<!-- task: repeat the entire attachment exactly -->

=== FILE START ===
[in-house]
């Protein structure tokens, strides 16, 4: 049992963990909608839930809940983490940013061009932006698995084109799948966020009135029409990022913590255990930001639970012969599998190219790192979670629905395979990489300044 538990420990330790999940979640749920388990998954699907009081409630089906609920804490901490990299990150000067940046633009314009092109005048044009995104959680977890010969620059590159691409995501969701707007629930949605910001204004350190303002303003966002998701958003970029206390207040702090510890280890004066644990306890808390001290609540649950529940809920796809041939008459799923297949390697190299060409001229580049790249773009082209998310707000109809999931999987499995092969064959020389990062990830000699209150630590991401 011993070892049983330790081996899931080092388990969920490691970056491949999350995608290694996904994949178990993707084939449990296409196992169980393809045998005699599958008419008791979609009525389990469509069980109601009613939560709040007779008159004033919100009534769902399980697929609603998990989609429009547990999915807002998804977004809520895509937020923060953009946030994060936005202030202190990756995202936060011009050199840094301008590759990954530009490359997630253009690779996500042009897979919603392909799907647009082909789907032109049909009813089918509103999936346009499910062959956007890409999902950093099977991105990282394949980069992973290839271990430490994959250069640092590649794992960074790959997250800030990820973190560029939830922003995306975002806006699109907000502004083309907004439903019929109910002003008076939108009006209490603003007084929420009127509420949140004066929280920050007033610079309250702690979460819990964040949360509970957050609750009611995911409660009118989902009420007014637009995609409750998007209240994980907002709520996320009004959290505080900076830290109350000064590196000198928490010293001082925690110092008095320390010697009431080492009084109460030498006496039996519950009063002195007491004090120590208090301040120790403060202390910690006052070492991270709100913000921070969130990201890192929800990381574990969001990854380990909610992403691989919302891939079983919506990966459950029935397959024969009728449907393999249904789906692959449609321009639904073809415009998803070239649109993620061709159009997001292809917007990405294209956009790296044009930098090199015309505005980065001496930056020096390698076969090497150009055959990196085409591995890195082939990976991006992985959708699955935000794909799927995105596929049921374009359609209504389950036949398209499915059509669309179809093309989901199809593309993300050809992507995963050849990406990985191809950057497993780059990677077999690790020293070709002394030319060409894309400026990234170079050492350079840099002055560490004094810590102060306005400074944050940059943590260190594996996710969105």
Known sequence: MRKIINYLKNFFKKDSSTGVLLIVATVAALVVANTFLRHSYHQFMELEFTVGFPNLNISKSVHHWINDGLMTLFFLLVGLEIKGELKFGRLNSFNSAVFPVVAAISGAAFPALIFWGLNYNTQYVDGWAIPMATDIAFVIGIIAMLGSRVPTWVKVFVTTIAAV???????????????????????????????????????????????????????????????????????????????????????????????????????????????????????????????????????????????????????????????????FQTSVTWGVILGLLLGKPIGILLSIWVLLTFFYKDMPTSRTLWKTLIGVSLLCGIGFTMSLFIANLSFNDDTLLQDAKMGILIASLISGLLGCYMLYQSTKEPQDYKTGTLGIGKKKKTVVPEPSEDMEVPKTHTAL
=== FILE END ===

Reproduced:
[in-house]
């Protein structure tokens, strides 16, 4: 049992963990909608839930809940983490940013061009932006698995084109799948966020009135029409990022913590255990930001639970012969599998190219790192979670629905395979990489300044 538990420990330790999940979640749920388990998954699907009081409630089906609920804490901490990299990150000067940046633009314009092109005048044009995104959680977890010969620059590159691409995501969701707007629930949605910001204004350190303002303003966002998701958003970029206390207040702090510890280890004066644990306890808390001290609540649950529940809920796809041939008459799923297949390697190299060409001229580049790249773009082209998310707000109809999931999987499995092969064959020389990062990830000699209150630590991401 011993070892049983330790081996899931080092388990969920490691970056491949999350995608290694996904994949178990993707084939449990296409196992169980393809045998005699599958008419008791979609009525389990469509069980109601009613939560709040007779008159004033919100009534769902399980697929609603998990989609429009547990999915807002998804977004809520895509937020923060953009946030994060936005202030202190990756995202936060011009050199840094301008590759990954530009490359997630253009690779996500042009897979919603392909799907647009082909789907032109049909009813089918509103999936346009499910062959956007890409999902950093099977991105990282394949980069992973290839271990430490994959250069640092590649794992960074790959997250800030990820973190560029939830922003995306975002806006699109907000502004083309907004439903019929109910002003008076939108009006209490603003007084929420009127509420949140004066929280920050007033610079309250702690979460819990964040949360509970957050609750009611995911409660009118989902009420007014637009995609409750998007209240994980907002709520996320009004959290505080900076830290109350000064590196000198928490010293001082925690110092008095320390010697009431080492009084109460030498006496039996519950009063002195007491004090120590208090301040120790403060202390910690006052070492991270709100913000921070969130990201890192929800990381574990969001990854380990909610992403691989919302891939079983919506990966459950029935397959024969009728449907393999249904789906692959449609321009639904073809415009998803070239649109993620061709159009997001292809917007990405294209956009790296044009930098090199015309505005980065001496930056020096390698076969090497150009055959990196085409591995890195082939990976991006992985959708699955935000794909799927995105596929049921374009359609209504389950036949398209499915059509669309179809093309989901199809593309993300050809992507995963050849990406990985191809950057497993780059990677077999690790020293070709002394030319060409894309400026990234170079050492350079840099002055560490004094810590102060306005400074944050940059943590260190594996996710969105």
Known sequence: MRKIINYLKNFFKKDSSTGVLLIVATVAALVVANTFLRHSYHQFMELEFTVGFPNLNISKSVHHWINDGLMTLFFLLVGLEIKGELKFGRLNSFNSAVFPVVAAISGAAFPALIFWGLNYNTQYVDGWAIPMATDIAFVIGIIAMLGSRVPTWVKVFVTTIAAV???????????????????????????????????????????????????????????????????????????????????????????????????????????????????????????????????????????????????????????????????FQTSVTWGVILGLLLGKPIGILLSIWVLLTFFYKDMPTSRTLWKTLIGVSLLCGIGFTMSLFIANLSFNDDTLLQDAKMGILIASLISGLLGCYMLYQSTKEPQDYKTGTLGIGKKKKTVVPEPSEDMEVPKTHTAL